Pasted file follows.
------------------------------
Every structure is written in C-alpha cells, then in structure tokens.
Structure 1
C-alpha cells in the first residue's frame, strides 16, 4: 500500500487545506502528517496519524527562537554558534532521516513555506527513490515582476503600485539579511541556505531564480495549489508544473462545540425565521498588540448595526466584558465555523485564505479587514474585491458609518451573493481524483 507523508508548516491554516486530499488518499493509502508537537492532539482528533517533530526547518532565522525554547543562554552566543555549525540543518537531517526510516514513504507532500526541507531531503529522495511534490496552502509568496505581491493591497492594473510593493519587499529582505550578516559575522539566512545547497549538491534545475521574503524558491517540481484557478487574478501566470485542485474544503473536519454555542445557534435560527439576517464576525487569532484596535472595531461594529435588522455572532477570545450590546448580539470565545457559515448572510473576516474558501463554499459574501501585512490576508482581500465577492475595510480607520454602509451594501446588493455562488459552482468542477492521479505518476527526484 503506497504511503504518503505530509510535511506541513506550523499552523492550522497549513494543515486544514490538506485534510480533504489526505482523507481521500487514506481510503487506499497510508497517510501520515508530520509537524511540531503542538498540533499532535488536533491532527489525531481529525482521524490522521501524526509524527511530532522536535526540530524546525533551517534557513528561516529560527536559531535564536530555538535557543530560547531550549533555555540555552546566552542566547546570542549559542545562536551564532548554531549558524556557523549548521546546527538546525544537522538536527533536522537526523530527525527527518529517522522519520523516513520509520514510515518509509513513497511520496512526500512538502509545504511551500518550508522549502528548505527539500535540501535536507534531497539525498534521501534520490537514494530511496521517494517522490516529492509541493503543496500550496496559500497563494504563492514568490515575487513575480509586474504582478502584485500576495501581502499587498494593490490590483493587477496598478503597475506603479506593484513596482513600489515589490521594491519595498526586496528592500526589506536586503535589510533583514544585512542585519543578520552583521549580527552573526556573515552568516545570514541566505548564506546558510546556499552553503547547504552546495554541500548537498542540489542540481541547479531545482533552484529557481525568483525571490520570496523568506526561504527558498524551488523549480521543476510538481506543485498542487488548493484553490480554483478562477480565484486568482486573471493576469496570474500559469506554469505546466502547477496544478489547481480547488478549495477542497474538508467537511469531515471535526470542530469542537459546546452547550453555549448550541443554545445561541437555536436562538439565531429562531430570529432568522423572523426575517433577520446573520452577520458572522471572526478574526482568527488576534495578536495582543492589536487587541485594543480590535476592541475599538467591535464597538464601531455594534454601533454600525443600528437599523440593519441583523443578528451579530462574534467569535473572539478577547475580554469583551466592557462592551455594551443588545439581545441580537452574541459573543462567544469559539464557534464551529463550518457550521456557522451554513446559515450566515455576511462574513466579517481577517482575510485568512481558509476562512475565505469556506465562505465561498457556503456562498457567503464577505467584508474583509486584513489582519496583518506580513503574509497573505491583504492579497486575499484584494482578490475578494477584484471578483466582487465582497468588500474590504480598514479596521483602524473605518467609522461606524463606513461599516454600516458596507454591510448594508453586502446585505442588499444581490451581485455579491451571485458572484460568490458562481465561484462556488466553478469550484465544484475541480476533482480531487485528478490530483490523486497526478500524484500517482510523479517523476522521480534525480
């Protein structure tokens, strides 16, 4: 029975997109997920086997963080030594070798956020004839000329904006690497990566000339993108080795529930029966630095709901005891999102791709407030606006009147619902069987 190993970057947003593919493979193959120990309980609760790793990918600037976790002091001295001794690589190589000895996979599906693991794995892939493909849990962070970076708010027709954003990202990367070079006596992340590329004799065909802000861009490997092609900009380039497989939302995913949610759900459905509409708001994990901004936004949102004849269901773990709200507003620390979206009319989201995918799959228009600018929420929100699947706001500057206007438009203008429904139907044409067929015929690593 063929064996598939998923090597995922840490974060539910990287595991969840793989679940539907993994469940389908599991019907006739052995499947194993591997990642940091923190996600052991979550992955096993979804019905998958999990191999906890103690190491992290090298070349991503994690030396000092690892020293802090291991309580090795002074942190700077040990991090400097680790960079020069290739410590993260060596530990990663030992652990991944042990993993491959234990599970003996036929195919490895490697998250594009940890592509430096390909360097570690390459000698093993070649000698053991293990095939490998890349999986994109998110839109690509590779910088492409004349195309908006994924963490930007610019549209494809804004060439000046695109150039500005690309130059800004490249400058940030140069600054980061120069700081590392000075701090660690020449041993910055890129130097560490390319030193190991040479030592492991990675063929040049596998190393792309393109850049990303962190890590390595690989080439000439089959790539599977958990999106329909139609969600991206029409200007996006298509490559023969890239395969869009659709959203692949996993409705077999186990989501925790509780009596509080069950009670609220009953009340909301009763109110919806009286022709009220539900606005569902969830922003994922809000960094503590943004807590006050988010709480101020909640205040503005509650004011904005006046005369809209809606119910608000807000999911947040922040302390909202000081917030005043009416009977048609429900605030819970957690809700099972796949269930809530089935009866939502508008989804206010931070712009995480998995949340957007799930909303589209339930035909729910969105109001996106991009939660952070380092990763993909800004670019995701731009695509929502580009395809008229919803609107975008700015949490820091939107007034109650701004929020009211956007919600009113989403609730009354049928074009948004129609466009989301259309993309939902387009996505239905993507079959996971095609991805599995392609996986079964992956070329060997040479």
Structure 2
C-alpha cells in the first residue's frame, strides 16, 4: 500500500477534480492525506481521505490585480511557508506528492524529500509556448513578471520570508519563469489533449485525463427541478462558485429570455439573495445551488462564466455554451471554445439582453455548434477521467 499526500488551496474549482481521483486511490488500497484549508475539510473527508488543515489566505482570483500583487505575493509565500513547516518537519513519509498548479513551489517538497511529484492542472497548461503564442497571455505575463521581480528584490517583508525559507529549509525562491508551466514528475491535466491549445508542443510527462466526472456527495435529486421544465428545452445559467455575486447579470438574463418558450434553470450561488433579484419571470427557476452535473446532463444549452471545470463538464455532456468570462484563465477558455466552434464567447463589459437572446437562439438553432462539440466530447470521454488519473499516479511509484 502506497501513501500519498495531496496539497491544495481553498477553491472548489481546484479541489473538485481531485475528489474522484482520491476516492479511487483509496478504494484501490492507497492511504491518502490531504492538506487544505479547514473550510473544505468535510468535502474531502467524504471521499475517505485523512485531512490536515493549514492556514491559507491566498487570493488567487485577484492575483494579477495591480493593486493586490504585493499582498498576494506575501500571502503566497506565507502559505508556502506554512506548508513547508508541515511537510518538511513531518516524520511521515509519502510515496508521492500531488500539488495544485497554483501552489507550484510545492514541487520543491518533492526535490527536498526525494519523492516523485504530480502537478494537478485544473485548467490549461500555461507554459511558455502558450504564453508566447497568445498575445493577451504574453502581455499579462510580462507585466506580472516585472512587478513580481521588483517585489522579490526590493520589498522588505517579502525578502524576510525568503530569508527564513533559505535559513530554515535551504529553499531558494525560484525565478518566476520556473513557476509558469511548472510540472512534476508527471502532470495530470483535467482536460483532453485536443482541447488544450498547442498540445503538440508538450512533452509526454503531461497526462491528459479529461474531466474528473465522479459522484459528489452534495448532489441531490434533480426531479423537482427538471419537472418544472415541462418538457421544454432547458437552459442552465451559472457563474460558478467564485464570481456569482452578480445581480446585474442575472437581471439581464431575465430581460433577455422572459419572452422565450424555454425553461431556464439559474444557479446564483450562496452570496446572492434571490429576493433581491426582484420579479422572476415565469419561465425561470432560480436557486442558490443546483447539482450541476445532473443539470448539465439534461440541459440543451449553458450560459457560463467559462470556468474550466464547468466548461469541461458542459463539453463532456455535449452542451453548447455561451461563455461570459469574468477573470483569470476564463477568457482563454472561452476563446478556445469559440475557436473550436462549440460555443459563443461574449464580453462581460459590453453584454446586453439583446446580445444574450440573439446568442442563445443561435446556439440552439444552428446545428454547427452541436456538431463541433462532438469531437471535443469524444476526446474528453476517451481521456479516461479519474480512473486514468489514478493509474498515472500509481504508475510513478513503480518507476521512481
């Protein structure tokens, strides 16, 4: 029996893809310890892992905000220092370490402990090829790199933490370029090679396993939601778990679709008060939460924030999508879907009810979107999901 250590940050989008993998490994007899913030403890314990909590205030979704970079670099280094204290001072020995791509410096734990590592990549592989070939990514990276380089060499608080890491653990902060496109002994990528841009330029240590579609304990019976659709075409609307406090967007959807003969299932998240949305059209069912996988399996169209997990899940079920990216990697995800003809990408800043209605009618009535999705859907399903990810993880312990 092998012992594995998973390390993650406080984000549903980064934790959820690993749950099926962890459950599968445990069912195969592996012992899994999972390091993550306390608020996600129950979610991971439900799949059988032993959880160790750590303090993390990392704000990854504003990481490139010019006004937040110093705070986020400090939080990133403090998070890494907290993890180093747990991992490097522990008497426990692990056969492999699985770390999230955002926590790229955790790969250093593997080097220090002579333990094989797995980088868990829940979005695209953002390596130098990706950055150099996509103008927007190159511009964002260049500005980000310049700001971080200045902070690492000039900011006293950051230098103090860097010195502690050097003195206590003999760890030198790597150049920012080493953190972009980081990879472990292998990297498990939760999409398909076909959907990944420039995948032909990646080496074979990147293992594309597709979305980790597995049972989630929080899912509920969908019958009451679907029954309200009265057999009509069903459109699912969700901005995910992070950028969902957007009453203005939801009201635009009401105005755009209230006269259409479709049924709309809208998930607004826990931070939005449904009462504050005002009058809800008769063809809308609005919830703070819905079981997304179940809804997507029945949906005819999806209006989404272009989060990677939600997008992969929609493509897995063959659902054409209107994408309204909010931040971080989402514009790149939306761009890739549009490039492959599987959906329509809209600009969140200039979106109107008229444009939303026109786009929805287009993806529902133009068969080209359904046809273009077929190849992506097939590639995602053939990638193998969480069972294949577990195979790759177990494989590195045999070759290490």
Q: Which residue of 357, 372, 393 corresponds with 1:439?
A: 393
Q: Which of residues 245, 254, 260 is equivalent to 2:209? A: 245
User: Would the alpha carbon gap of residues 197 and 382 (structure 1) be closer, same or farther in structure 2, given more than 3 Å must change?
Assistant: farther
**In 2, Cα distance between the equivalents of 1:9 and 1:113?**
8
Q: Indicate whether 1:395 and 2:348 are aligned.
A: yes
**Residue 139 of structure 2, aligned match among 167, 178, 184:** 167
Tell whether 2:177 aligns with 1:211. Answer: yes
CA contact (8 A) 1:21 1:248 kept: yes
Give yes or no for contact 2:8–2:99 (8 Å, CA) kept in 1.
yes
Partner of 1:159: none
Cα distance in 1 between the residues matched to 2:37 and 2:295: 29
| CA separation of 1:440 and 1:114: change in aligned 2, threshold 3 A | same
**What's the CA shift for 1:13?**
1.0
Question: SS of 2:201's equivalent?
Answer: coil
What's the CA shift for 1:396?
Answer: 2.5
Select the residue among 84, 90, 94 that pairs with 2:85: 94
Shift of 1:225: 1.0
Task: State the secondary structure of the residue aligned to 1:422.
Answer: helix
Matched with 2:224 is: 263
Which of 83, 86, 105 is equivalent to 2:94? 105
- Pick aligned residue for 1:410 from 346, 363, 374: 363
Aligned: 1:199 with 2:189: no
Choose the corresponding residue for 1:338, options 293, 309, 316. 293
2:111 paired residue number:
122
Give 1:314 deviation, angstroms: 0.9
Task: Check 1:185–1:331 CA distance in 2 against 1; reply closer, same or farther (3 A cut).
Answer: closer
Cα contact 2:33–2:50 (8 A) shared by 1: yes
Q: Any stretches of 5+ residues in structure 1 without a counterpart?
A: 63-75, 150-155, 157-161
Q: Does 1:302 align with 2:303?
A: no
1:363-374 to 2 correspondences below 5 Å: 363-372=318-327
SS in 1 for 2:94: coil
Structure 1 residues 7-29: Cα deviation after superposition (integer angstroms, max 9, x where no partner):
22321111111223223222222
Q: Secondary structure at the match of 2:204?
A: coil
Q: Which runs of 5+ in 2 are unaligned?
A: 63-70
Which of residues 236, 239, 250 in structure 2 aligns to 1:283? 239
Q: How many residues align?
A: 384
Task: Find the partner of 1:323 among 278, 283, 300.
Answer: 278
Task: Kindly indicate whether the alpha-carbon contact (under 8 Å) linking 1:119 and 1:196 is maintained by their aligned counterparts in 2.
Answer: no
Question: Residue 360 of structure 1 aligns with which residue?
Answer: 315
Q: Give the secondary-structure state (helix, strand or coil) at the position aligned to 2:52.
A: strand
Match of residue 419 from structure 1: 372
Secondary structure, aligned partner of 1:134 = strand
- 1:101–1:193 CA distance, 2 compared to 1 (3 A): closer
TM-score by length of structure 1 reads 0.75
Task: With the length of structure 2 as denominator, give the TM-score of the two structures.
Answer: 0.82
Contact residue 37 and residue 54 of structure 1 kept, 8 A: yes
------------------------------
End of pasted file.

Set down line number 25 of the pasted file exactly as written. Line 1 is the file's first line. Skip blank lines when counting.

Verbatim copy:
**What's the CA shift for 1:13?**